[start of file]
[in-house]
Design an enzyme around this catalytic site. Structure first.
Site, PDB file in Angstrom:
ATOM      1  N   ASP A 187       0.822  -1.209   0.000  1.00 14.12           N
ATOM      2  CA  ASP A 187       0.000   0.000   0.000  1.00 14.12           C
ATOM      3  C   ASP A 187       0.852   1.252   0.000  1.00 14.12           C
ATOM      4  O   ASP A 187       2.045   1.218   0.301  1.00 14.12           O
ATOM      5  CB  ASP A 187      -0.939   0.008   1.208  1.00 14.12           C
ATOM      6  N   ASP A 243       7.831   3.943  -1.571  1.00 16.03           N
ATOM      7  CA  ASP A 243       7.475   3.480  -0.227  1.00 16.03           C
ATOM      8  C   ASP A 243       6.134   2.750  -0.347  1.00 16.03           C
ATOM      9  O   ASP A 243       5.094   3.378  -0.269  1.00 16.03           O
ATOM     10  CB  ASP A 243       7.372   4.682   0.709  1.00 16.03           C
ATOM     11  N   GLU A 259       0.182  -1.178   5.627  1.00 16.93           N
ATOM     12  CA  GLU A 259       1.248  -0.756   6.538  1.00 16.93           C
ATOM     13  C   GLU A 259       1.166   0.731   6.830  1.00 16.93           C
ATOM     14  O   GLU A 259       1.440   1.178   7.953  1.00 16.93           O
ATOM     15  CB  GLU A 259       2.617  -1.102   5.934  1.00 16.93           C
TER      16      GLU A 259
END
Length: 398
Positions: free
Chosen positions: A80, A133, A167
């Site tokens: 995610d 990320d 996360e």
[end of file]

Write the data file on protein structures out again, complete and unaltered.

[in-house]
Design an enzyme around this catalytic site. Structure first.
Site, PDB file in Angstrom:
ATOM      1  N   ASP A 187       0.822  -1.209   0.000  1.00 14.12           N
ATOM      2  CA  ASP A 187       0.000   0.000   0.000  1.00 14.12           C
ATOM      3  C   ASP A 187       0.852   1.252   0.000  1.00 14.12           C
ATOM      4  O   ASP A 187       2.045   1.218   0.301  1.00 14.12           O
ATOM      5  CB  ASP A 187      -0.939   0.008   1.208  1.00 14.12           C
ATOM      6  N   ASP A 243       7.831   3.943  -1.571  1.00 16.03           N
ATOM      7  CA  ASP A 243       7.475   3.480  -0.227  1.00 16.03           C
ATOM      8  C   ASP A 243       6.134   2.750  -0.347  1.00 16.03           C
ATOM      9  O   ASP A 243       5.094   3.378  -0.269  1.00 16.03           O
ATOM     10  CB  ASP A 243       7.372   4.682   0.709  1.00 16.03           C
ATOM     11  N   GLU A 259       0.182  -1.178   5.627  1.00 16.93           N
ATOM     12  CA  GLU A 259       1.248  -0.756   6.538  1.00 16.93           C
ATOM     13  C   GLU A 259       1.166   0.731   6.830  1.00 16.93           C
ATOM     14  O   GLU A 259       1.440   1.178   7.953  1.00 16.93           O
ATOM     15  CB  GLU A 259       2.617  -1.102   5.934  1.00 16.93           C
TER      16      GLU A 259
END
Length: 398
Positions: free
Chosen positions: A80, A133, A167
């Site tokens: 995610d 990320d 996360e």